Confusing title huh?
I want to explore the scenario that comes up when you both have an idea, and know how to implement it, and how knowing the how prevents you from focusing on the what. I find this happens while programming a lot more frequently then I’d like to admit. And it’s not just me, we experience it a lot dealing with the Seed Philly directory project we are working on.
I find that I have a unique ability to visualize how a process should work, or the interaction amongst multiple moving pieces, and from there, because of my programming background, I can start to build a structure around these visualization. But then, something happens. I end up wasting 2,4,8,12 hours (Facebook integration sucked 172 hours of my life!) on some fundamentally simple bug that does nothing more then suck the energy and enthusiasm out of my work. The reasons behind this are varied, new technology, outside of the scope of my skill set, or just simply some incompatibility that couldn’t be foreseen (Azure databases, I’m looking at you).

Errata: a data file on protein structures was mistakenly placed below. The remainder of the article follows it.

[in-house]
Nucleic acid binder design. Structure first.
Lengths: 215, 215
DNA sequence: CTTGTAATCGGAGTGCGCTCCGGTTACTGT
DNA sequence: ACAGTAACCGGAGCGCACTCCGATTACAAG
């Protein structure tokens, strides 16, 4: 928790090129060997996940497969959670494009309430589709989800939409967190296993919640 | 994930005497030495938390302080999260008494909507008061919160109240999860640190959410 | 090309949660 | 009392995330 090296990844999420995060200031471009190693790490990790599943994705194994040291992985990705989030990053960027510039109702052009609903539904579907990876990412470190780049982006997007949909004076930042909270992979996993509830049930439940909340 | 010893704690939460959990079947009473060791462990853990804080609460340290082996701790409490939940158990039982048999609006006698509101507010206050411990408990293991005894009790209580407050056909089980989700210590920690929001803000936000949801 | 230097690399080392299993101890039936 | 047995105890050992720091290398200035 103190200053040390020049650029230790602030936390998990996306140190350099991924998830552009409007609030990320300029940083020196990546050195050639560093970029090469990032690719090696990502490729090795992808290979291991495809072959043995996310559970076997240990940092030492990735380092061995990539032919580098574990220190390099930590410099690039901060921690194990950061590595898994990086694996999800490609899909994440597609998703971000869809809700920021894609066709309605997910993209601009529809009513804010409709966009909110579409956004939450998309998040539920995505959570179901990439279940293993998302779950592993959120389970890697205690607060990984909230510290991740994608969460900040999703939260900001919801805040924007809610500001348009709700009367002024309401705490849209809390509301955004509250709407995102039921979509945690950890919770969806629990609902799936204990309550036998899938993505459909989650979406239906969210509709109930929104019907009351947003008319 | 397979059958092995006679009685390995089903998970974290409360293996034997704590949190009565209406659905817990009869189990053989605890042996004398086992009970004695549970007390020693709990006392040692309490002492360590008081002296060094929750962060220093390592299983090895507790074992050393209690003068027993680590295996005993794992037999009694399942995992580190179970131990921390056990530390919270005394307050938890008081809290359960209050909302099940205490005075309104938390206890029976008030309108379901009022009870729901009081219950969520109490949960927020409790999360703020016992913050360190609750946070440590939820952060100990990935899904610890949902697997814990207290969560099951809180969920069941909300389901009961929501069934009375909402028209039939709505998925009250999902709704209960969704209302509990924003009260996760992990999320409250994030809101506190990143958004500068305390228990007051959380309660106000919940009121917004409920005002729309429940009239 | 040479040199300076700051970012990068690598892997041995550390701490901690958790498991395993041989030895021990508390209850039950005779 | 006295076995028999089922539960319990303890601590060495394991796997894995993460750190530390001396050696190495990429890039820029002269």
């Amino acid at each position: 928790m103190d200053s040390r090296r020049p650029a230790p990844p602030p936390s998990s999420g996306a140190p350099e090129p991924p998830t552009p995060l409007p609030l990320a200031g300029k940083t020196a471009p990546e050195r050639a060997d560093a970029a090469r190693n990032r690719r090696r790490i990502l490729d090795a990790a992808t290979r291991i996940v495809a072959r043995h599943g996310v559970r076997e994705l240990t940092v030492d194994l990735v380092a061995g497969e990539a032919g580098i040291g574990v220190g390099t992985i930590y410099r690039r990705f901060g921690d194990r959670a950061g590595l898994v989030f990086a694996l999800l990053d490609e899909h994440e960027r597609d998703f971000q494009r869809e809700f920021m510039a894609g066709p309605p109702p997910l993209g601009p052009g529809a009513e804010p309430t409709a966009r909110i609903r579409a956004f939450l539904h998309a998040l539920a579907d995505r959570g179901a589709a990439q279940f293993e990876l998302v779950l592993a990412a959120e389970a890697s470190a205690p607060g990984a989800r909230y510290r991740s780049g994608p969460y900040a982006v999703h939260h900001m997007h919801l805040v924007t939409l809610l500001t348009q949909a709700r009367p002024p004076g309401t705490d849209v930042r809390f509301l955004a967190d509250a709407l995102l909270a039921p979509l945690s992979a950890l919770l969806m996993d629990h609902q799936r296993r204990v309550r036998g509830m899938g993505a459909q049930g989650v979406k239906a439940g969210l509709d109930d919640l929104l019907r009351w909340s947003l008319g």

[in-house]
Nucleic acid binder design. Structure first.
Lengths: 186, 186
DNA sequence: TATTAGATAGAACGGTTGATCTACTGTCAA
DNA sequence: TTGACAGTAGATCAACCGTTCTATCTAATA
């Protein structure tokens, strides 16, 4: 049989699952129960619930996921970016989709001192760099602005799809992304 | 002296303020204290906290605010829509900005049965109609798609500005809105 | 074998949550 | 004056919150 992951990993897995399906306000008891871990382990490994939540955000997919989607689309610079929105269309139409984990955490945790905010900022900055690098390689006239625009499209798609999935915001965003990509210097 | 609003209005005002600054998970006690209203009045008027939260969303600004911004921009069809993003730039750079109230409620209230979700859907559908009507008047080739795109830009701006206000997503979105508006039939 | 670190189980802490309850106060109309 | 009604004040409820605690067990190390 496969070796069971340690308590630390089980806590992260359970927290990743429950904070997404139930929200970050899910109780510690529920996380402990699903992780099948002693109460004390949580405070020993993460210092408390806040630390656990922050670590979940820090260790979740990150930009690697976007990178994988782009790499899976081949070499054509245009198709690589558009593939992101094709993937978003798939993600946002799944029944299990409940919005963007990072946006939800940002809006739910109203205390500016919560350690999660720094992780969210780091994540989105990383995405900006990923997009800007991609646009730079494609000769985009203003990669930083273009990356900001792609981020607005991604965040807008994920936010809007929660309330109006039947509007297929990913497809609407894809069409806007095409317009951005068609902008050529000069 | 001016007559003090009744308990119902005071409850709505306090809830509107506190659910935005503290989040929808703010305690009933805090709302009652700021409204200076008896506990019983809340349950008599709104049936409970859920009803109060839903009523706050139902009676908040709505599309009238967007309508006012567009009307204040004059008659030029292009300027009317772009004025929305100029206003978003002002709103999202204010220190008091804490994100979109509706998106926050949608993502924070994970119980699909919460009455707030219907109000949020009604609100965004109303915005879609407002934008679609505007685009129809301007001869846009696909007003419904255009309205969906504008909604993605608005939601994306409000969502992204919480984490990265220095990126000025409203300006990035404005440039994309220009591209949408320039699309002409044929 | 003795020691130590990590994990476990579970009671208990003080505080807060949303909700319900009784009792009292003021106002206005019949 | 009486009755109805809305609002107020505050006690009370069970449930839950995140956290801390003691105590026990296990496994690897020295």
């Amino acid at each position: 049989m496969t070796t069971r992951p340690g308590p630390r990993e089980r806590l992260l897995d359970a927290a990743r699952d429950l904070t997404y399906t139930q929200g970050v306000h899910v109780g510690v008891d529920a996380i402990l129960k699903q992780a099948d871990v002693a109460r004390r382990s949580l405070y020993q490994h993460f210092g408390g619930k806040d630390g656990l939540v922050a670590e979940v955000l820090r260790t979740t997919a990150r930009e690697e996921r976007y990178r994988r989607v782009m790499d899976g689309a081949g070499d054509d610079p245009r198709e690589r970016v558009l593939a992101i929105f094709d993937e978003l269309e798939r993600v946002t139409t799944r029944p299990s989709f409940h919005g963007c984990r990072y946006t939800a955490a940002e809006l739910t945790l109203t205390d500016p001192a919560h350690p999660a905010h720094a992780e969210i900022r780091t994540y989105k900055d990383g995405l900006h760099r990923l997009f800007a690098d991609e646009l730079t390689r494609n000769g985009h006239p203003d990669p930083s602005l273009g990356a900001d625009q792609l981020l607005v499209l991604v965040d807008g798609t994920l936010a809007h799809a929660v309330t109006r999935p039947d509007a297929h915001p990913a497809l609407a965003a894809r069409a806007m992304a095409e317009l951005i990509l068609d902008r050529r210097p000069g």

The point I am trying to make is, while I’m stuck banging my head against the wall, the What of the project, doesn’t see any forward progress at all. I’m stuck in the weeds, unable to move forward both from a functionality stand point, as well as a business standpoint. I supposed this is where it helps to have a team. While the developers are stuck, the leader has to continue moving the What forward. By doing both, you are going to drop the ball on one, or both, items.
I’m going to go out on a ledge here and quote a TV sitcom on this one…
“Don’t half ass two things, whole ass one thing”
– Ron Swanson, Parks and Rec
But there really is truth in this. You can either do one thing really well, or do lots of things OK. Problem is, unless you can wrangle up the resources, you are usually the one holding all the balls. But that’s another story.
If you have any tips or tricks to dealing with this phenomenon, please share, it’ll be good to know.